Comments are deodorant for your code

Filed under: Clean code, Programming, — Tags: Java, Refactoring, Selenium — Thomas Sundberg — 2016-02-16

Writing comments in a program is often considered a good habit. I hear people talking about code as "good and well commented". This always makes me skeptic. What do people mean with "well commented"? It turns out, they often mean that every method has a lot of comments.

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What is a good test?

Filed under: Clean code, Java, TDD, Test automation, — Tags: Bad tests, Dependency injection, Good test, JUnit, JUnit, Mockito, Parameterized JUnit, Readability, Test harness — Thomas Sundberg — 2012-03-08

A colleague asked that question the other day. What is a good test? It is a really difficult question to answer. There are a number of properties that hold true for a good test. I will list some of them and discuss why I think they are important. Others may think that the order of importance is different or that other properties are more important then those that I list.

I will show some examples using Java and JUnit of what I think are bad tests and how they can be refactored to something better.

Tests are automated in my world. I always try to avoid manually testing. The main reason for this is that manual testing is slow and hard to repeat arbitrary many times. Therefore, test should be read as automated test in for the rest of this text.

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How many train wrecks are lurking in your code?

Filed under: Clean code, Java, — Tags: Divide and concur, Law of Demeter, Regular expression, Train wreck — Thomas Sundberg — 2011-12-30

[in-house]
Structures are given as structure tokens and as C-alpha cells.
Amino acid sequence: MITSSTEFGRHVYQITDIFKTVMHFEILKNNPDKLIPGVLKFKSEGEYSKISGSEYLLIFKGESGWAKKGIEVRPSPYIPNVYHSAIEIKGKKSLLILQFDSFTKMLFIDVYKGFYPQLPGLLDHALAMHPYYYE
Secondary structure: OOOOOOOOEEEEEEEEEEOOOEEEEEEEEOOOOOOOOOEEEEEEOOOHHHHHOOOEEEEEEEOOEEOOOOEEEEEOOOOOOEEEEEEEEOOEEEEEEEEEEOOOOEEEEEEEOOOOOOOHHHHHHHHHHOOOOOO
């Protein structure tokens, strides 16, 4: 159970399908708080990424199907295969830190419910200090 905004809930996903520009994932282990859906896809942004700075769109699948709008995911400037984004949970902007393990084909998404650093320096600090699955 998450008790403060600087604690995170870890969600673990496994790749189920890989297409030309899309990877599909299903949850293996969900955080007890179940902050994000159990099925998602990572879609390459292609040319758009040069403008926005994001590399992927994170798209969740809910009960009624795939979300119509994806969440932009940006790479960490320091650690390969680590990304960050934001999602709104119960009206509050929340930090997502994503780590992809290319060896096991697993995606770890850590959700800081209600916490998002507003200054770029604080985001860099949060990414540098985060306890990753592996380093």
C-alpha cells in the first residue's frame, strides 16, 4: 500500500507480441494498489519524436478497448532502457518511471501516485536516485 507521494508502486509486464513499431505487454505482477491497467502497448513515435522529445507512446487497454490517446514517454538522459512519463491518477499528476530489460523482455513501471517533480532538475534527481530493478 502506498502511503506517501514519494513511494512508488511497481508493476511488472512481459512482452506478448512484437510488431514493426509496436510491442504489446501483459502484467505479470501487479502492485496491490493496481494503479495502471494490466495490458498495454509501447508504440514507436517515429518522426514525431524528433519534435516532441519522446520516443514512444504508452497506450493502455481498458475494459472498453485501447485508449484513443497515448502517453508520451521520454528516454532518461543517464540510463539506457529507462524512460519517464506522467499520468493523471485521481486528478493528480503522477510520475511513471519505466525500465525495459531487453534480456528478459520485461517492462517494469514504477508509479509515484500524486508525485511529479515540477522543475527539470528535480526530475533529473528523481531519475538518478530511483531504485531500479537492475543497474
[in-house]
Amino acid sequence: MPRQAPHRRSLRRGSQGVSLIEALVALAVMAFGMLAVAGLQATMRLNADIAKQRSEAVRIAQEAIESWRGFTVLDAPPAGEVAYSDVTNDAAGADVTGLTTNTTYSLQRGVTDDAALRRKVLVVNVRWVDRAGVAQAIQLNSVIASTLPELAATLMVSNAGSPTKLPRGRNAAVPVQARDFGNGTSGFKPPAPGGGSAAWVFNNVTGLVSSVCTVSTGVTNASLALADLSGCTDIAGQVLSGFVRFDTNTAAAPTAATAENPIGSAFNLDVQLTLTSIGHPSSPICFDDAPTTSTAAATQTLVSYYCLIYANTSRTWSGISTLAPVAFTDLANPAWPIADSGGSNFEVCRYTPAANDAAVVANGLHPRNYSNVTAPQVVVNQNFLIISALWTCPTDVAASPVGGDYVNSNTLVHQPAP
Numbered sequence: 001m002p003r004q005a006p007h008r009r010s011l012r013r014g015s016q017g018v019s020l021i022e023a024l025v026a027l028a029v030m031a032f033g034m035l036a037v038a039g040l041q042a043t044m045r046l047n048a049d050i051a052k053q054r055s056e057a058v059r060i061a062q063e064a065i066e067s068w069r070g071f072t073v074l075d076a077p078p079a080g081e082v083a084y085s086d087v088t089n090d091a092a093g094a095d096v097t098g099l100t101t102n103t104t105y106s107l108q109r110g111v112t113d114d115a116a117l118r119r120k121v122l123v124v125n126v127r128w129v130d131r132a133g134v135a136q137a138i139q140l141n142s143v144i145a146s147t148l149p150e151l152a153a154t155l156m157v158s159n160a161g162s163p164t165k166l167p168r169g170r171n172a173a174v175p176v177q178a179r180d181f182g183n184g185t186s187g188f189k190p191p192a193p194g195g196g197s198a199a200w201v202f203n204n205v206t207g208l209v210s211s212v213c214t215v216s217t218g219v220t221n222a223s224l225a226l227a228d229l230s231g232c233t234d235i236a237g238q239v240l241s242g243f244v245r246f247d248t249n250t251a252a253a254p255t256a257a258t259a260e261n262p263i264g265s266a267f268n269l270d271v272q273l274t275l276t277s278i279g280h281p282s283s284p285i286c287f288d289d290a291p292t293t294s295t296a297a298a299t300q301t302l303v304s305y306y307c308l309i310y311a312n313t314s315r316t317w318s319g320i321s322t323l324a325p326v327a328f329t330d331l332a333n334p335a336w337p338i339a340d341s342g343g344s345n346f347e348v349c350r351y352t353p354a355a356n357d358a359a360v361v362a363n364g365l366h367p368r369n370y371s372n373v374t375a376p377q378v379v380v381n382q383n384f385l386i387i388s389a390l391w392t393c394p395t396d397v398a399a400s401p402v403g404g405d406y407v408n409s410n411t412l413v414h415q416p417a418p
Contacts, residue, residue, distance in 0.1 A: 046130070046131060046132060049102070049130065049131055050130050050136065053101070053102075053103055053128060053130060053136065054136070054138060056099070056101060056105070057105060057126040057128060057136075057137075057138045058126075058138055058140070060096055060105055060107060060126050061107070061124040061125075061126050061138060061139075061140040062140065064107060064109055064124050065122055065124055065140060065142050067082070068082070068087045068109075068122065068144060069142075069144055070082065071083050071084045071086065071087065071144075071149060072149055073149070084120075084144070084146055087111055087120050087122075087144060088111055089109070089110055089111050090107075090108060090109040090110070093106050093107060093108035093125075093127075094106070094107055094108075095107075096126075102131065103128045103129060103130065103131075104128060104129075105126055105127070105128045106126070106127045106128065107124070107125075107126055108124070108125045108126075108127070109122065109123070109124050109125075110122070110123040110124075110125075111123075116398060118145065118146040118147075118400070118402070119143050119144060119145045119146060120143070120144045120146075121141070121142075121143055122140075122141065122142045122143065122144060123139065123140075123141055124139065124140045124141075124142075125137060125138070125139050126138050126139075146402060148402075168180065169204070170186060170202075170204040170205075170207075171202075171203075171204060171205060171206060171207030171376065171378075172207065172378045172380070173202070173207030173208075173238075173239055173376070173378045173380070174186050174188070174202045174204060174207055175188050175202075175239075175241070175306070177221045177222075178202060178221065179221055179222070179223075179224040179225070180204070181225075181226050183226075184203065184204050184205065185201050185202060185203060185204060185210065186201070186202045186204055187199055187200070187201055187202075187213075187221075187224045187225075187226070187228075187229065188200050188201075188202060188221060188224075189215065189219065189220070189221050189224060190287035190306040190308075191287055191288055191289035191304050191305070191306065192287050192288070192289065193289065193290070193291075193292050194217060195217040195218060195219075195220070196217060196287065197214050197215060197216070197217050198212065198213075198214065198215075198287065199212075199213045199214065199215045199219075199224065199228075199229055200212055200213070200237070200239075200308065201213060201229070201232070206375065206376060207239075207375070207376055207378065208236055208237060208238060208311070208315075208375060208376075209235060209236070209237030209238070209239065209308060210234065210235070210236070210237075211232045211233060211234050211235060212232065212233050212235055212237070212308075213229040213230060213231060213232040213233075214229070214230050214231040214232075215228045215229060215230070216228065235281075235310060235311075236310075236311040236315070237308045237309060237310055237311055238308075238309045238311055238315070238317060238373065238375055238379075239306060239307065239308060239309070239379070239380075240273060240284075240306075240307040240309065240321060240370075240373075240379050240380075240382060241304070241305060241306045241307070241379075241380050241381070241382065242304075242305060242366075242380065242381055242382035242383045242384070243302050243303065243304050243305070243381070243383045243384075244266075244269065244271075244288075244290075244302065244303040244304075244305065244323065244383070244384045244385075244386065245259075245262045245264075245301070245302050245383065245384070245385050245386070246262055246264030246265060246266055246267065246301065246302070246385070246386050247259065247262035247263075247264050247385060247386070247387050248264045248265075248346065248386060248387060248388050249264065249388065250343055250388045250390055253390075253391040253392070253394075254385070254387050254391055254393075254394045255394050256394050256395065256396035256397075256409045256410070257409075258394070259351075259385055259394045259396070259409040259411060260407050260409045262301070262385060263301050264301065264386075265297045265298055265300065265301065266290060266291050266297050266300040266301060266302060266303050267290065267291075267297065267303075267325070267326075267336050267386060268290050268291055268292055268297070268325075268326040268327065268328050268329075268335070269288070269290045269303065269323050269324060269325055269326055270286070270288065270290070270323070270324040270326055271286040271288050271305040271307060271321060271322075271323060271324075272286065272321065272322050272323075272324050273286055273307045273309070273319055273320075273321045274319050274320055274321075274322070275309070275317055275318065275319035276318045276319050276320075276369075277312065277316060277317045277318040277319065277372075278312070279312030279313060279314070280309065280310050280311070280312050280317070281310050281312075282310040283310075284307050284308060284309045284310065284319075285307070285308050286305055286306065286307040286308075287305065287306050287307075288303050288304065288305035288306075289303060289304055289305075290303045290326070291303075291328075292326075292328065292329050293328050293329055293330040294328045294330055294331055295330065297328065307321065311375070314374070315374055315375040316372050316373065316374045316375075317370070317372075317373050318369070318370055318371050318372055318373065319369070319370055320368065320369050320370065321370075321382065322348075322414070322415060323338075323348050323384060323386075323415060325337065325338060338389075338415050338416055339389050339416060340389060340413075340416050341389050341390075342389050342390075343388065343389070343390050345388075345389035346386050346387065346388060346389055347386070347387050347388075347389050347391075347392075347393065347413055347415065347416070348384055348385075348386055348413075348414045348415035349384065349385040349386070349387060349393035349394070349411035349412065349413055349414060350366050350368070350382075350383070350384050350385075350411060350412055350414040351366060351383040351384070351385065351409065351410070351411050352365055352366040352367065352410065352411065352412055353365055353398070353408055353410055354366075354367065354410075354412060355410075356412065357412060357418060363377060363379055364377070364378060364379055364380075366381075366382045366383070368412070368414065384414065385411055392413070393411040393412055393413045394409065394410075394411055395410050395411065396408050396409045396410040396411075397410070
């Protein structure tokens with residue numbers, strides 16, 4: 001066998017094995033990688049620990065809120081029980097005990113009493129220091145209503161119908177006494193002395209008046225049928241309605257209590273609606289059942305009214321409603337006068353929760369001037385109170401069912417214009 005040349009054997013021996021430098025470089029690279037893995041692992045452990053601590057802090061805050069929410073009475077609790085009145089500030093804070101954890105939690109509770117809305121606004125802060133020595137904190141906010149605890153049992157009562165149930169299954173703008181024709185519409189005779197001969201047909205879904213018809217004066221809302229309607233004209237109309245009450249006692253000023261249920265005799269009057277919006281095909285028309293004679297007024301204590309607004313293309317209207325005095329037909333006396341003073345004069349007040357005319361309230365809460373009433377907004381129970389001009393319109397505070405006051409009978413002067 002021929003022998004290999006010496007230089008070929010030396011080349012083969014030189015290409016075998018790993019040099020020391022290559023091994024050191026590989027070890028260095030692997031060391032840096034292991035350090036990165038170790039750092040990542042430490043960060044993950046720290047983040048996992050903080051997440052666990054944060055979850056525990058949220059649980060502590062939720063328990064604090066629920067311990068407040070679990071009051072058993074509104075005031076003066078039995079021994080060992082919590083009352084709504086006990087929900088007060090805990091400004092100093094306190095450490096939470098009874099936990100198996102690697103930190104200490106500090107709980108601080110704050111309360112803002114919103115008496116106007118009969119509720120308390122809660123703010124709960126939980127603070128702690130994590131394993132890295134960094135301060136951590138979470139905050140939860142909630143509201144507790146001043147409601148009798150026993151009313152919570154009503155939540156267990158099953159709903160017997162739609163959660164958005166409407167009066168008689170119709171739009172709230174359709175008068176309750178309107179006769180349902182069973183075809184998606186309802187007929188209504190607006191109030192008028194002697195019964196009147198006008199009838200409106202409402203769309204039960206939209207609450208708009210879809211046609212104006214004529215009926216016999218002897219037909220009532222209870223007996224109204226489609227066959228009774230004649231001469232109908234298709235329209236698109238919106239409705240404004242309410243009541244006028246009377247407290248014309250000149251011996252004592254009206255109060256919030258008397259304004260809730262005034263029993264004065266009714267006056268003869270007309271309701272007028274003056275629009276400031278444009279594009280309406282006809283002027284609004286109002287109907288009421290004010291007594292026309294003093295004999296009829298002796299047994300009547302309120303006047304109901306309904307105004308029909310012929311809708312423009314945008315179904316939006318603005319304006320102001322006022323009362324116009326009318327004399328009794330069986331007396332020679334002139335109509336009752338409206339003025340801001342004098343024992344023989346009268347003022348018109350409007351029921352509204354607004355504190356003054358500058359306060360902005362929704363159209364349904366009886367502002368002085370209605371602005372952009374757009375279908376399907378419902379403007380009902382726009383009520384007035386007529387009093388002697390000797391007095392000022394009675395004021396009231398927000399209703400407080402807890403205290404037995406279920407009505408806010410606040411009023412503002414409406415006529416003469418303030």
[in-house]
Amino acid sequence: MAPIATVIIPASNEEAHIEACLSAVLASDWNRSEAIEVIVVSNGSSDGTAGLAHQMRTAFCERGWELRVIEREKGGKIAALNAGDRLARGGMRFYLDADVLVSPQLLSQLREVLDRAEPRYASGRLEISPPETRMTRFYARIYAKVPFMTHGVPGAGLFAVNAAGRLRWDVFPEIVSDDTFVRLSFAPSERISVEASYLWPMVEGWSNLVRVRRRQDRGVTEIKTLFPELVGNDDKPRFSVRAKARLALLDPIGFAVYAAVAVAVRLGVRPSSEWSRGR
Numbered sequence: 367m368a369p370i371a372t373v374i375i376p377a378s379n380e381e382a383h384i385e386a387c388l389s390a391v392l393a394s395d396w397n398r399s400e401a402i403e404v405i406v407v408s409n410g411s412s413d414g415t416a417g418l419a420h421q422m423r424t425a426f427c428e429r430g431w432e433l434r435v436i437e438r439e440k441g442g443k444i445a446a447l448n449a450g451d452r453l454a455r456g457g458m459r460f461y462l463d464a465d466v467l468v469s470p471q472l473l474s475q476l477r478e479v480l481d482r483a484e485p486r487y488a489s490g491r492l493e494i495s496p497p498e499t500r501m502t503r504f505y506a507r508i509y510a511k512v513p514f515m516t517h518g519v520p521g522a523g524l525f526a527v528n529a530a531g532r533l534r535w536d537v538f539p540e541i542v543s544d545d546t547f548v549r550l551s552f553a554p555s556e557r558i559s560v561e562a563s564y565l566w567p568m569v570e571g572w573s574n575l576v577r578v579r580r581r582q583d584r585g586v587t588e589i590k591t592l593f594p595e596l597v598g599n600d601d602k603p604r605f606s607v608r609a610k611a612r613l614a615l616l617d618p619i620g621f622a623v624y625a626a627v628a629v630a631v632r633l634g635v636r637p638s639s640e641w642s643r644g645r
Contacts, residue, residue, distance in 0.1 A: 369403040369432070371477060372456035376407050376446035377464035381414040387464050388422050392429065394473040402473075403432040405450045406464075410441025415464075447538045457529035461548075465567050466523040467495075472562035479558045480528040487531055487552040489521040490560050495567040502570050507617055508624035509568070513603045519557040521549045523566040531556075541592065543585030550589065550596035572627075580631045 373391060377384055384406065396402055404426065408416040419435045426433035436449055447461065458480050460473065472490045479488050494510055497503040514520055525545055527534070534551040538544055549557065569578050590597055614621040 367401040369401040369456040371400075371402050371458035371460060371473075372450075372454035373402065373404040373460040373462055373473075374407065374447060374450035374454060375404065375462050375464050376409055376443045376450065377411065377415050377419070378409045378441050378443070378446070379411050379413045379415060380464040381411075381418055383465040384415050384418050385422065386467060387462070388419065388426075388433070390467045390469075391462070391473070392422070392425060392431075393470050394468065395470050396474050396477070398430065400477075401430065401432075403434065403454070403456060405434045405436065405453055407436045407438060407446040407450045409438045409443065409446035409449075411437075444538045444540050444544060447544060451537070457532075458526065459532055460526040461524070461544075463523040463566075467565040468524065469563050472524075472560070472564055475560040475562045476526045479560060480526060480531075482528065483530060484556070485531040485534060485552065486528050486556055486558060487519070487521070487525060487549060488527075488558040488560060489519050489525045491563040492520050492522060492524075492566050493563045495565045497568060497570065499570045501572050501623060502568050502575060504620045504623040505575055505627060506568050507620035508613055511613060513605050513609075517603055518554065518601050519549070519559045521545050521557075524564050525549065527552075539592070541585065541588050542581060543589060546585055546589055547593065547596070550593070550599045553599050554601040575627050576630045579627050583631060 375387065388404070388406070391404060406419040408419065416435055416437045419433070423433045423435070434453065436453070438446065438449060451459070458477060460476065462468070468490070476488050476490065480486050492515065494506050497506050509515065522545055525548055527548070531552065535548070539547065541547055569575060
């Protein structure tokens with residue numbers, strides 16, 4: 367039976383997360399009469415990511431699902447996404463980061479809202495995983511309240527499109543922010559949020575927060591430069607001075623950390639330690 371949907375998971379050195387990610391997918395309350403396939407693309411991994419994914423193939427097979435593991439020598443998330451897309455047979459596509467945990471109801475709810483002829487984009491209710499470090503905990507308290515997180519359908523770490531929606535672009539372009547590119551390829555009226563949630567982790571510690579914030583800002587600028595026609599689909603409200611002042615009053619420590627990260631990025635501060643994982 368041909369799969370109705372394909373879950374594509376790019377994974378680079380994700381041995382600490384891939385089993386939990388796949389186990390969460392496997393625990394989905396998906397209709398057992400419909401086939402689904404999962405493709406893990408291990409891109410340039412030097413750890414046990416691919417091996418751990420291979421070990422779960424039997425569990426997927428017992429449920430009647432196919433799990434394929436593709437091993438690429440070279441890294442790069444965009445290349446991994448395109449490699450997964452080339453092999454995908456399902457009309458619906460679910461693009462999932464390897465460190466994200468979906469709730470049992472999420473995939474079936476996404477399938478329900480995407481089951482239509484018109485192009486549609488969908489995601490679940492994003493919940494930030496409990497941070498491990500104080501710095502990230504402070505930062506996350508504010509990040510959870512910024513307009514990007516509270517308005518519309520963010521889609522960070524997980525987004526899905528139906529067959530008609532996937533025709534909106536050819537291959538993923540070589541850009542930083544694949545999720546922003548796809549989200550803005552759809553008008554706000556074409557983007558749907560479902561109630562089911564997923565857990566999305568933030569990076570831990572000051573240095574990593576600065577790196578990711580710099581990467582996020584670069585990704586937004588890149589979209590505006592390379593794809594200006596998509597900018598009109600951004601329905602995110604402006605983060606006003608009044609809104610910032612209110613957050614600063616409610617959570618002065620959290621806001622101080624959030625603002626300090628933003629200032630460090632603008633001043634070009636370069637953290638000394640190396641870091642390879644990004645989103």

Train accidents are mostly considered to be bad things. People tend to get hurt when trains have accidents. Never the less, it is not so uncommon with train wrecks in software development.

Train wreck code is code that calls a method on the return value of another method call. This chain can be very long if a value is excavated deep down in a object graph.

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The simplest possible solution

Filed under: Agile, Clean code, Java, Software craftsmanship, TDD, — Tags: Simplest possible solution — Thomas Sundberg — 2011-11-16

The simplest possible solution that could work. Ever heard that expression? What does it mean? Really?

The answer is obviously something that in a really simple way satisfies the test you currently are working on. Nothing more, nothing less.

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What is the difference between i++ and ++i?

Filed under: Clean code, Java, Programming, Teaching, — Tags: ++i, difference between i++ and ++i, i++ — Thomas Sundberg — 2011-08-05

During a coaching session I got a question about a loop.

Would there be any difference in the output from a loop defined as

for (int i = 0; i < 3; i++) {
    System.out.print(i + " ");
}

and a loop defined as

for (int i = 0; i < 3; ++i) {
    System.out.print(i + " ");
}

in Java?

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Magic numbers

Filed under: Clean code, — Tags: Magic number, Magic numbers, Readability — Thomas Sundberg — 2011-07-28

The other day a colleague asked me, what is a magic number? He had noticed that one of the things our Sonar was complaining about was Magic numbers. I got a great teaching moment and told him my view of Magic numbers.

Magic numbers are any numbers in the source code that just appears without any explanation.

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